Analyzing an underrated defense
For the New York Jets, it seems like it wasn’t long ago when they were on the cusp of making a trip to the Super Bowl, riding a “defense wins championships” mentality only to come up short.
It’s tough to sell a great defense in today’s NFL—especially when it’s an offense-driven league. Penalties and play calls all point to favoring the starting 11 of the offensive side of the ball. However, defenses are still a vital piece to every team’s success. Even in today’s NFL, you almost can’t win without an above average defense—just ask the New Orleans Saints.
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In the past three seasons, the Seattle Seahawks, Carolina Panthers, New England Patriots and Denver Broncos have the top 10 total defenses in a single season. In 2010-2011, the Packers won the Super Bowl, not just with their great offense, but also with a top five total defense.
In 2012-2013, the San Francisco 49ers, despite losing, reached the Super Bowl riding a great defense that ranked third that season. There is a pattern here that perhaps the New York Jets are trying to replicate from other teams or at least build their own blueprint with the pieces they have.
In 2010-2011, Gang Green made the NFL Playoffs in back-to-back seasons for the first time since the 2001 and 2002 seasons. The only difference was that in 2010, they did it with arguably one of the top defenses, if not the best, that season. They finished third in rush defense, sixth against the pass and third in total defense statistics.
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Granted the team had a younger Darrelle Revis and Antonio Cromartie, along with other good defensive players like linebackers Bart Scott and David Harris, the overall defense was scary.
But even then, the Jets’ defense exceeded expectations for the second year in a row.
They were the underdogs in the AFC Wildcard Game against the Indianapolis Colts.
And there was no doubt that they were supposed to lose on the road against New England in the divisional round.
However once again, their defense showed up each game and carried themselves to a second straight AFC title game.
Obviously they came up short in that match-up against the Pittsburgh Steelers. But expectations were set for the team to repeat and return to the promise land in the years to come. However that hasn’t been the case. The Jets have yet to make the playoffs since.
The Jets are now on their third general manager, second head coach and second starting quarterback since the Rex Ryan and Mike Tannenbaum tenure. There’s no doubt that there has been an inconsistency to find that level of success that came all too fast for even New York to fully grasp in 2009 and 2010. But there has been some consistency elsewhere.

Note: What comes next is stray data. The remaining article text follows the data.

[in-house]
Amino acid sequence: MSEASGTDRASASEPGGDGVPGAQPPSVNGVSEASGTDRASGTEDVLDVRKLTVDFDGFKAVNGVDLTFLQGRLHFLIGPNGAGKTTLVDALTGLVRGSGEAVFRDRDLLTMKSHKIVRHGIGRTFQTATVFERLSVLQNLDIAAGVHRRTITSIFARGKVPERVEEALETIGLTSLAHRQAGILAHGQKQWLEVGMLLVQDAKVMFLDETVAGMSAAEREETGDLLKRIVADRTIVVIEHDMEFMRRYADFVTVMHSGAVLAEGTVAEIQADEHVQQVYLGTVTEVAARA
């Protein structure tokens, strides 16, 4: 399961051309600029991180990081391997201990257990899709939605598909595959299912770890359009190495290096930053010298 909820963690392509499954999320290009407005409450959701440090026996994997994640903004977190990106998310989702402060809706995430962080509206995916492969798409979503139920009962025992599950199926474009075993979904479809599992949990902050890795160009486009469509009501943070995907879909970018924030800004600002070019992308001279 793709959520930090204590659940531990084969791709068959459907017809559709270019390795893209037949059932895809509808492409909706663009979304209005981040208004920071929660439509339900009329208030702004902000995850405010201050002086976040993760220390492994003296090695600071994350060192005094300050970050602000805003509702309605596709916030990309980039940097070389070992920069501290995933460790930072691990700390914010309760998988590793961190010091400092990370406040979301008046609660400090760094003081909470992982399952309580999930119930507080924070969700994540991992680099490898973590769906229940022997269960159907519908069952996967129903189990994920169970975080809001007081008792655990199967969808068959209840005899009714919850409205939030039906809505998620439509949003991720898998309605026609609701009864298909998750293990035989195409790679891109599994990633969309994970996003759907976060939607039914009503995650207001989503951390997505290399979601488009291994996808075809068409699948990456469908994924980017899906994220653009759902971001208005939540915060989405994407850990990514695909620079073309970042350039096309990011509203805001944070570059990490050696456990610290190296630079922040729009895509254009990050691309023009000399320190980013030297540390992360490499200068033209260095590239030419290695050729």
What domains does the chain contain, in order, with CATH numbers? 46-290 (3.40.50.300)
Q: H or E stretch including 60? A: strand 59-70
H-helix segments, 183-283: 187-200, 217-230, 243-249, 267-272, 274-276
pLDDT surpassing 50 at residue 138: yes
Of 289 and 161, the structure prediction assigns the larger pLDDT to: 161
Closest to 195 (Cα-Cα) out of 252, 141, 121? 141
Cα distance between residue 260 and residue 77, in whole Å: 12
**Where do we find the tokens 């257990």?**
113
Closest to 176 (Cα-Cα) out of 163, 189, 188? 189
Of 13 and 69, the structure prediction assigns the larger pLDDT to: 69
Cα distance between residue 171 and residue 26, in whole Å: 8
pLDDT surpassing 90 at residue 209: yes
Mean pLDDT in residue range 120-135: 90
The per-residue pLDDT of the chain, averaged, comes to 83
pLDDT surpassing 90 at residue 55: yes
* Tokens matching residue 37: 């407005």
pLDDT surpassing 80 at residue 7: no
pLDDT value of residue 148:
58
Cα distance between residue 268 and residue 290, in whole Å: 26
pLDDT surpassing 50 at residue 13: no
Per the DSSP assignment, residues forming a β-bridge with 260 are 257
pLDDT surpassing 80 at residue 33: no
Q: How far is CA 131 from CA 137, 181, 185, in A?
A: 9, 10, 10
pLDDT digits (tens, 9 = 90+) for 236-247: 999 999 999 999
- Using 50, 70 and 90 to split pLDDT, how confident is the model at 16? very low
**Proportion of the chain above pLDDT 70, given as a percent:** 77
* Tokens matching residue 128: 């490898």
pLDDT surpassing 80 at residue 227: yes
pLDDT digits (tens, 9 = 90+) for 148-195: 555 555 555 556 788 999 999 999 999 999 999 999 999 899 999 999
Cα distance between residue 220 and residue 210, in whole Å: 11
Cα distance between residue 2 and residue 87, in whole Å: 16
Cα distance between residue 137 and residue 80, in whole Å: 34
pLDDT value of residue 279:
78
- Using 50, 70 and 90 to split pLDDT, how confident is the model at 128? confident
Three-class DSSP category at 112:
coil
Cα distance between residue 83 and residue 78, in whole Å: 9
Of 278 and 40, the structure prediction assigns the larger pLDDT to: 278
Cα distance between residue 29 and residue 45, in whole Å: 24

The organization seems to be fully in on the defensive mentality. They have drafted a defensive player in the first round each season since 2010—making it eight in total. Out of the eight first-round selections, not counting Darron Lee, Muhammad Wilkerson and Sheldon Richardson, two Pro Bowlers, along with Calvin Pryor and Leonard Williams appear to be poised to form a great defense.
Since 2010, the Jets have had a top 10 total defense, statistically speaking, with the exception of 2013 in which they finished 11th overall. Of course most of that notoriety is in large part to their great rush defense, but even that still is impressive and should be noted by their opponents. With the exception of 2014, the defense alone was keeping these same sub par Jets in games. They were in the playoff hunt from 2011 to 2013.
Certainly it’s not a foregone conclusion that teams still need to put up more points than the opponent to win the ballgame. This past season, the Jets found a great wide receiver tandem with Eric Decker and Brandon Marshall. Having a veteran signal caller in Ryan Fitzpatrick also helped them reach double digit wins for the first time since 2010. They missed the playoffs by a game, but certainly the next couple of years appear to be bright for Gang Green.
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At this point in time, with the re-signing of Wilkerson, and players like Williams, Pryor and along with their great receiving duo and newly signed featured back Matt Forte, there’s no reason why they can’t go the extra mile to push forward next season. This defense has been consistent and gotten stronger over the last couple of years. With their front seven, and players like Lorenzo Mauldin, Revis, Buster Skrine and we’ll see how much Lee contributes this season, these Jets have more than enough fuel to fly higher than they have been in recent memory—even if Fitzpatrick doesn’t come back.